Madisch A, Holtmann G, Mayr G, Vinson B, Hotz J. Treatment of functional dyspepsia with a herbal preparation. A double-blind, randomized, placebo-controlled, multicenter trial. Digestion. 2004;69(1):45-52.
Akhondzadeh S, Naghavi H, Shayeganpour A, et al. Passionflower in the treatment of generalized anxiety: a pilot double-blind randomized controlled trial with oxazepam. J Clin Pharm Ther. 2001;26:363-367.
Dhawan K, Jumar S, Sharma S. Anti-anxiety studies on extracts of Passiflora Incarnata Linneaus. J of Ethnopharmacol. 2001;78:165-170.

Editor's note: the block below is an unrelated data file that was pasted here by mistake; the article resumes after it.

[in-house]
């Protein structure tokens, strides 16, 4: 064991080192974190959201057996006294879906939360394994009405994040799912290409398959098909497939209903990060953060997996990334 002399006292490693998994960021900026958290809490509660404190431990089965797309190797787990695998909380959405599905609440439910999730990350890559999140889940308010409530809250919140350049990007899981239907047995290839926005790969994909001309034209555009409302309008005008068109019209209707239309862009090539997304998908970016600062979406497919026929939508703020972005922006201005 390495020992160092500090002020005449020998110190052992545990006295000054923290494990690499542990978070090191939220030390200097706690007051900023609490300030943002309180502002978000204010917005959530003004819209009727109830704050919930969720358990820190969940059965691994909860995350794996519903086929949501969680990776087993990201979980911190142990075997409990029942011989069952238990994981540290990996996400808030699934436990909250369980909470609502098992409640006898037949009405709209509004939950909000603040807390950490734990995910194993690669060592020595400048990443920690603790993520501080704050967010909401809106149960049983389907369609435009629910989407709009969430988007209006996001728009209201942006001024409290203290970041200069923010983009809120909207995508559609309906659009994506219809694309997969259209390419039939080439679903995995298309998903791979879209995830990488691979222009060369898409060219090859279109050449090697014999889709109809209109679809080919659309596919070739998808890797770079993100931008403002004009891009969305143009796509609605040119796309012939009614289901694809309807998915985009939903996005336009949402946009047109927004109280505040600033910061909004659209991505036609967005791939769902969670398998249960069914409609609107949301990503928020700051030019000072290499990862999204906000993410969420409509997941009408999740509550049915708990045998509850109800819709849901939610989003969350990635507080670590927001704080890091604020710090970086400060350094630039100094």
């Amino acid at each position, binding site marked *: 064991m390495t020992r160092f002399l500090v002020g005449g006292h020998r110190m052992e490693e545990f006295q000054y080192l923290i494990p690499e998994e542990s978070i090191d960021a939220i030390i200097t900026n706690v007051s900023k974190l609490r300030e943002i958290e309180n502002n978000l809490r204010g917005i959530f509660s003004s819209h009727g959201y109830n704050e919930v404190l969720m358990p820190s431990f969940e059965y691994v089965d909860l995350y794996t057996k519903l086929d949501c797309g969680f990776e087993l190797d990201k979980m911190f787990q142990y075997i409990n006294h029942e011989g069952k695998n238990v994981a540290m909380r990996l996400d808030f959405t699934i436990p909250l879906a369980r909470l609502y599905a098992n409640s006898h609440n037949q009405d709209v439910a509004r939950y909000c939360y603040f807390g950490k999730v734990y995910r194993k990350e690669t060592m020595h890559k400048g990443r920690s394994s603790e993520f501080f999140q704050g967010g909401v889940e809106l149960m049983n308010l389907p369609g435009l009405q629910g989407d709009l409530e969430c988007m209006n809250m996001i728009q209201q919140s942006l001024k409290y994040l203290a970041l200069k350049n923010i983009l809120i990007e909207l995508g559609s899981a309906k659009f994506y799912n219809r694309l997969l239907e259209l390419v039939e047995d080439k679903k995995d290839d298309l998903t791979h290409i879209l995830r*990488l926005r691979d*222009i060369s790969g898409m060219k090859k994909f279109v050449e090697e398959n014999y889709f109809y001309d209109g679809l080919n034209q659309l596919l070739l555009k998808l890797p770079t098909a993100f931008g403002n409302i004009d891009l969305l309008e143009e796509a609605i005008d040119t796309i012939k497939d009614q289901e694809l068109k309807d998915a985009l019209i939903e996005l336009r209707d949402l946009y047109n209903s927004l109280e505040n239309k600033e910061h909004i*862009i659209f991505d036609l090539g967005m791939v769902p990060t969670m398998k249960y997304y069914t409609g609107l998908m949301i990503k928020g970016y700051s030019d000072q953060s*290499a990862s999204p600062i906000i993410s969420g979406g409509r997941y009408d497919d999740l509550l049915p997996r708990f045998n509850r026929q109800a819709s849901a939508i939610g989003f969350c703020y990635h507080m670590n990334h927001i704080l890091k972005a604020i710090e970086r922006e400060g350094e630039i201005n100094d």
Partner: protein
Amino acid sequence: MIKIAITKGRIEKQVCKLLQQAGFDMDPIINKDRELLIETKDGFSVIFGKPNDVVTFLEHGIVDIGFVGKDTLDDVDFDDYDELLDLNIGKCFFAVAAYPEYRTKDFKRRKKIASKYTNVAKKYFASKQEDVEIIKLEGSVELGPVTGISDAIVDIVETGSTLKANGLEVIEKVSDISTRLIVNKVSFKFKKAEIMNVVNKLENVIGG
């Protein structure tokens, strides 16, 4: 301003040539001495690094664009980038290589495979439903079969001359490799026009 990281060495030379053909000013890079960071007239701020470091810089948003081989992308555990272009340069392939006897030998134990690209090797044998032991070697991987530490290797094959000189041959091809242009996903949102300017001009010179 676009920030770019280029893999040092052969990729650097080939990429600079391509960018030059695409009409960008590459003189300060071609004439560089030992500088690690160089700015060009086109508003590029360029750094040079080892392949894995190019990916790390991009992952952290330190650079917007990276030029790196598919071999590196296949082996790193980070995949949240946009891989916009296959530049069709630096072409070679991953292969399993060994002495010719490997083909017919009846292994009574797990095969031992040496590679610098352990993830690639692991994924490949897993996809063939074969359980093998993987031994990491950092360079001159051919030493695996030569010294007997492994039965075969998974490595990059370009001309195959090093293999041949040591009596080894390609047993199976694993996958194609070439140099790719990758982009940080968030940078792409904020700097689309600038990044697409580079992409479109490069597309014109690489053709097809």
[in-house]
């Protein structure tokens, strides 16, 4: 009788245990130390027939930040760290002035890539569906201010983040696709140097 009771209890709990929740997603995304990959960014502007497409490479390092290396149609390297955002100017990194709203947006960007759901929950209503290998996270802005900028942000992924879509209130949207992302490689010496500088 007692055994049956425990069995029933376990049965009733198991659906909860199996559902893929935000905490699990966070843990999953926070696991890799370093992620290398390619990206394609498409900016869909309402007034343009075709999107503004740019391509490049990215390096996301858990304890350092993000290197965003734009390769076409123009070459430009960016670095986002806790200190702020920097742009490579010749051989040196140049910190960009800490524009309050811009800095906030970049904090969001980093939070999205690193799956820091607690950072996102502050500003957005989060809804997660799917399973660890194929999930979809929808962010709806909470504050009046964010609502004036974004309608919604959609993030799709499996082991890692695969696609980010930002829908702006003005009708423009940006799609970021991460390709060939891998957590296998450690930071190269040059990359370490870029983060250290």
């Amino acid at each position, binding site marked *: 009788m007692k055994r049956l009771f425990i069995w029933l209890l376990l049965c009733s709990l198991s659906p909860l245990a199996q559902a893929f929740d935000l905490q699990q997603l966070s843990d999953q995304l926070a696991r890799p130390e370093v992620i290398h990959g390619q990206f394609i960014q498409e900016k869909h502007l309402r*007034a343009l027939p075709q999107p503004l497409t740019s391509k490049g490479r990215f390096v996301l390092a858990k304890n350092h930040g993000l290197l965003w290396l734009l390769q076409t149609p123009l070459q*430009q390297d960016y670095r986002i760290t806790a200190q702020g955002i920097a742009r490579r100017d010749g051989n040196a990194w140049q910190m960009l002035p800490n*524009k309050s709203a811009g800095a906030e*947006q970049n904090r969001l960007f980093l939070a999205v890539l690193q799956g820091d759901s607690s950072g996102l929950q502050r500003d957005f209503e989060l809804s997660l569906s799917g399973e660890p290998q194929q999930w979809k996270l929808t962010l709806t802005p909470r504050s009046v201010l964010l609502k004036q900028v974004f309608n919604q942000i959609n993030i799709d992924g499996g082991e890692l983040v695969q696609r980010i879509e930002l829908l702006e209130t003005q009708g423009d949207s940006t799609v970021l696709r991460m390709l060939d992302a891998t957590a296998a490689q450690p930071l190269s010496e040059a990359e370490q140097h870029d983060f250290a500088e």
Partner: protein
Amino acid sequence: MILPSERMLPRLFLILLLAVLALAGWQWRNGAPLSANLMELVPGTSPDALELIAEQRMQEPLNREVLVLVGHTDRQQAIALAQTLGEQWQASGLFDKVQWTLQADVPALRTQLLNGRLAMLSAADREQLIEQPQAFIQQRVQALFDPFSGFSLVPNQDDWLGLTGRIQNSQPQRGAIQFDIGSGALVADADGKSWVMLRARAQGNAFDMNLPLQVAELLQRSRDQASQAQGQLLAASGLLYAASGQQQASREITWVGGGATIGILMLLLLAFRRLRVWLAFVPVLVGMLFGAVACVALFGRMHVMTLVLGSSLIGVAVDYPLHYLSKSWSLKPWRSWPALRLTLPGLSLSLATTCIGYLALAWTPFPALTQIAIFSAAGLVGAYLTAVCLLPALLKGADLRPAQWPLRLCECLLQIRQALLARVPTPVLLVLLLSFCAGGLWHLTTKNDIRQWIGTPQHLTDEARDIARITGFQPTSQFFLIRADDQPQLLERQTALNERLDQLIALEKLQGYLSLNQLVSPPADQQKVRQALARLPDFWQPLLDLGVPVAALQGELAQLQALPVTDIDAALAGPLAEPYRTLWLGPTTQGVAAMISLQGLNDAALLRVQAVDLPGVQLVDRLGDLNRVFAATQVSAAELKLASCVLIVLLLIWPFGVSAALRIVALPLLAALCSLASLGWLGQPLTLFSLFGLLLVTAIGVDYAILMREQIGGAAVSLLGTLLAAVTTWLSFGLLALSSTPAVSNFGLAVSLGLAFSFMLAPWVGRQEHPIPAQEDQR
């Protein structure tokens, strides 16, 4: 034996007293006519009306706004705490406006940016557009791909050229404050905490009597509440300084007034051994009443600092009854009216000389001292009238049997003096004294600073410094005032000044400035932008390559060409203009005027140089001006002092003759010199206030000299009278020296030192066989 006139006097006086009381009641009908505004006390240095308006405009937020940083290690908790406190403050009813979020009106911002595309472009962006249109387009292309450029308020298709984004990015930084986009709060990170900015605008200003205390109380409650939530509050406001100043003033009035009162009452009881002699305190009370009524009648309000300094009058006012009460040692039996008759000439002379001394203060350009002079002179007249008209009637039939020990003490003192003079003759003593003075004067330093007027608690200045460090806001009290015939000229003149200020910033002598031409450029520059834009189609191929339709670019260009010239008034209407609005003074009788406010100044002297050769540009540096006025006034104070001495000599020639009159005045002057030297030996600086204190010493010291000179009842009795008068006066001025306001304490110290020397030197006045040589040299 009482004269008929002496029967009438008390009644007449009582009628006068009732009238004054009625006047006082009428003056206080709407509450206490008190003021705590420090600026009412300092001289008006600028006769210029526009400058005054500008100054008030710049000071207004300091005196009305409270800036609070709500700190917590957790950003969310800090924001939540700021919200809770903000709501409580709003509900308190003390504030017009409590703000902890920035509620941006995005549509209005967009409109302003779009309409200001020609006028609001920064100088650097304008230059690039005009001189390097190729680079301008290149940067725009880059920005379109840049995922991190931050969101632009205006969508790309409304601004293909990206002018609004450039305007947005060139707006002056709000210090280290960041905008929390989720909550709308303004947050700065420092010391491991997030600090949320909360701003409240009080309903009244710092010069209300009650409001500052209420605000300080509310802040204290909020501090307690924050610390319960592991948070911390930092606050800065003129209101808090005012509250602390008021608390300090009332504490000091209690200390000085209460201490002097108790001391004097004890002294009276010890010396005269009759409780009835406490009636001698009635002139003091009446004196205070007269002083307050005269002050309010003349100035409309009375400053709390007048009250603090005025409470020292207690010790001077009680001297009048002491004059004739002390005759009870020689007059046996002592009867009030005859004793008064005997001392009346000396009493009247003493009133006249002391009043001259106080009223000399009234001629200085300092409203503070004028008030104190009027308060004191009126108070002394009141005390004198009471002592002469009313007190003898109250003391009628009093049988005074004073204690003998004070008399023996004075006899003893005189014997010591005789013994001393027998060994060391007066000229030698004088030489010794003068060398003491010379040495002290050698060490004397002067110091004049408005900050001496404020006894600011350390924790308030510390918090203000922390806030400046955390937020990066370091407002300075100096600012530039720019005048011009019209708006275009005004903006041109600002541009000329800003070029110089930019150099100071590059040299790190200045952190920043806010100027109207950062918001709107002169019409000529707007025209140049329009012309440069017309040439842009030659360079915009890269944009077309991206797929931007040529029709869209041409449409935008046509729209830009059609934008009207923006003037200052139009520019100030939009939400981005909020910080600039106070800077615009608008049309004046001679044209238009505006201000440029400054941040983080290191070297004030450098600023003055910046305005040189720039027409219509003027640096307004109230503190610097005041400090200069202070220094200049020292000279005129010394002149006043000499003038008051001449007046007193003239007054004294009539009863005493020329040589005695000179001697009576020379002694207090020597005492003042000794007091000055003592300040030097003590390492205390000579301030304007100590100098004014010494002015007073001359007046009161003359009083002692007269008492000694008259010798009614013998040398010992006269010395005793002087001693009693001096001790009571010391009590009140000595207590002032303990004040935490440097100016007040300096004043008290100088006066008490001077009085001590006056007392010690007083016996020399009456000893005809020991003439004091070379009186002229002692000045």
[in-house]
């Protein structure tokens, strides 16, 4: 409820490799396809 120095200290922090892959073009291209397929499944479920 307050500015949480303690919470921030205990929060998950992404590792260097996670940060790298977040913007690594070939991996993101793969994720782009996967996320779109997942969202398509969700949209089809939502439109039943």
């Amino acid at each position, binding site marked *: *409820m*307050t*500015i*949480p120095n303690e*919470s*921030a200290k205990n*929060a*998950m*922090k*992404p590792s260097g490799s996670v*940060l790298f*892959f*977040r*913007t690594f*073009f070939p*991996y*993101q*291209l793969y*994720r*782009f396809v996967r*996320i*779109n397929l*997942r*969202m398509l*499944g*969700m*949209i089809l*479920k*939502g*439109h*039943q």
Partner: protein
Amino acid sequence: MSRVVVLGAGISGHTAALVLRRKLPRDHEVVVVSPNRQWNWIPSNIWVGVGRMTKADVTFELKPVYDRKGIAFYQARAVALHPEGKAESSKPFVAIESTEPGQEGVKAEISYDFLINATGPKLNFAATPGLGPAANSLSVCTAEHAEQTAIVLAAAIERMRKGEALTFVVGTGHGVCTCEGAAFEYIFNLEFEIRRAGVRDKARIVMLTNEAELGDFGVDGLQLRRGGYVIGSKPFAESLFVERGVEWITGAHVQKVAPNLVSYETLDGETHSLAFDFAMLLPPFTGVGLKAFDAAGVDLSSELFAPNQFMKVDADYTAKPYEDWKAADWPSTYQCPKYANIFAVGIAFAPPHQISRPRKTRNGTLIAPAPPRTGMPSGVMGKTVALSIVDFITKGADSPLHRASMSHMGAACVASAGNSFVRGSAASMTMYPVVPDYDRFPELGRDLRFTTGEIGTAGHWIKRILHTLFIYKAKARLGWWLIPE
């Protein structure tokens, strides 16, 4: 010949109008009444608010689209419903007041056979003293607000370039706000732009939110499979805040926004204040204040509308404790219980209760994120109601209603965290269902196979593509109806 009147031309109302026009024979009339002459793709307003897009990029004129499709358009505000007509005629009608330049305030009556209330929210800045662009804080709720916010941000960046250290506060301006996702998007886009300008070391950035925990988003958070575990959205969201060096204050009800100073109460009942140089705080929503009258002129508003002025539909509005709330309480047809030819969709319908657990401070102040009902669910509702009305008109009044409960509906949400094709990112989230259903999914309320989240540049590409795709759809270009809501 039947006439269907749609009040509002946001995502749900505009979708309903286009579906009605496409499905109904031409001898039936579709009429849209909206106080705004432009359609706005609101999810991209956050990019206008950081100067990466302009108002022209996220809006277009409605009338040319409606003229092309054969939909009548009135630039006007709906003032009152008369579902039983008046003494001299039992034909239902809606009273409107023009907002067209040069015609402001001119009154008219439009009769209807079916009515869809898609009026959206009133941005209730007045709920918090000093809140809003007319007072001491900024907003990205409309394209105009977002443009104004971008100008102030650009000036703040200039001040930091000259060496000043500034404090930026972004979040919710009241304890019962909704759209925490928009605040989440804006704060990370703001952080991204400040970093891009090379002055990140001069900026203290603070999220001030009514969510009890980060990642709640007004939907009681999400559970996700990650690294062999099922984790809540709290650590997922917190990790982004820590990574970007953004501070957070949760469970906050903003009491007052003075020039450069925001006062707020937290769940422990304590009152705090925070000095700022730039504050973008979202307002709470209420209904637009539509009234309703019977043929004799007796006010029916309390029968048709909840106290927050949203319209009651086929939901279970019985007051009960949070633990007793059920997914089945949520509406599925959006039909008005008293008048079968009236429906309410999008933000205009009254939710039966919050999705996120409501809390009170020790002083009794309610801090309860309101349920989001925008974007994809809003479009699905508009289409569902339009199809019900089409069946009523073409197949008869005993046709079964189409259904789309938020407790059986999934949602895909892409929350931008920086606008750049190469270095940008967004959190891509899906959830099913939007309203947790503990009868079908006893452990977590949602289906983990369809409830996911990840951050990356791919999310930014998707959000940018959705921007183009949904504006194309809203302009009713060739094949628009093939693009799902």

Bent S, Padula A, Moore D, Patterson M, Mehling W. Valerian for sleep: a systematic review and meta-analysis. Am J Med. 2006;119(12):1005-1012.
This article was originally published in the September-October 2013 issue of Tea Magazine.